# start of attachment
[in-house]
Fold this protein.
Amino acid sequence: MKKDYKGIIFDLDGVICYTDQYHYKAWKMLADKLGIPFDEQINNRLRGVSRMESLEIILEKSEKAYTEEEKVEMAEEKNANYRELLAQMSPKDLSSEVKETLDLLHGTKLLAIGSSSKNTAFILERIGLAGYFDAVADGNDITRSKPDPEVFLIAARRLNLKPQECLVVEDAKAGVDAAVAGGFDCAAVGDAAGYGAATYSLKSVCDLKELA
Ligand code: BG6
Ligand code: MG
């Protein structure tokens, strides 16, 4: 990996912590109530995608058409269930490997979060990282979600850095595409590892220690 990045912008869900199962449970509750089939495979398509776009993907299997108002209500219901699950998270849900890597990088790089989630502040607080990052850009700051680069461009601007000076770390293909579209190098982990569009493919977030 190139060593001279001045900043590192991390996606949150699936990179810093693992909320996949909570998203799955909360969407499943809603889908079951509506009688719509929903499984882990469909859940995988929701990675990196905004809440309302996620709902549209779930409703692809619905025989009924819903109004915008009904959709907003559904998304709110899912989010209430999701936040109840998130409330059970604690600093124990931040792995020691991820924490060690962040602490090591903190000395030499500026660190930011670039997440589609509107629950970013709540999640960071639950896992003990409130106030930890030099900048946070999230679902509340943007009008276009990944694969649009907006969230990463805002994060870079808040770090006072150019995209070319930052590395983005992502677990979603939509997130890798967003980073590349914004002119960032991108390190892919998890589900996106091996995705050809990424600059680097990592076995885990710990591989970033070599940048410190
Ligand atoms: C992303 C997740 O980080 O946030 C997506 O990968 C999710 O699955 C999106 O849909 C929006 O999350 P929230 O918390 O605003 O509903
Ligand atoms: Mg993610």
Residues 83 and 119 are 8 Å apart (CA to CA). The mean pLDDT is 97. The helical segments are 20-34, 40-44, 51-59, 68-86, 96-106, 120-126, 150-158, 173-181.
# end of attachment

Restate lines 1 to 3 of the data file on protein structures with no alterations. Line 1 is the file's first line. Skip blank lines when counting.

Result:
[in-house]
Fold this protein.
Amino acid sequence: MKKDYKGIIFDLDGVICYTDQYHYKAWKMLADKLGIPFDEQINNRLRGVSRMESLEIILEKSEKAYTEEEKVEMAEEKNANYRELLAQMSPKDLSSEVKETLDLLHGTKLLAIGSSSKNTAFILERIGLAGYFDAVADGNDITRSKPDPEVFLIAARRLNLKPQECLVVEDAKAGVDAAVAGGFDCAAVGDAAGYGAATYSLKSVCDLKELA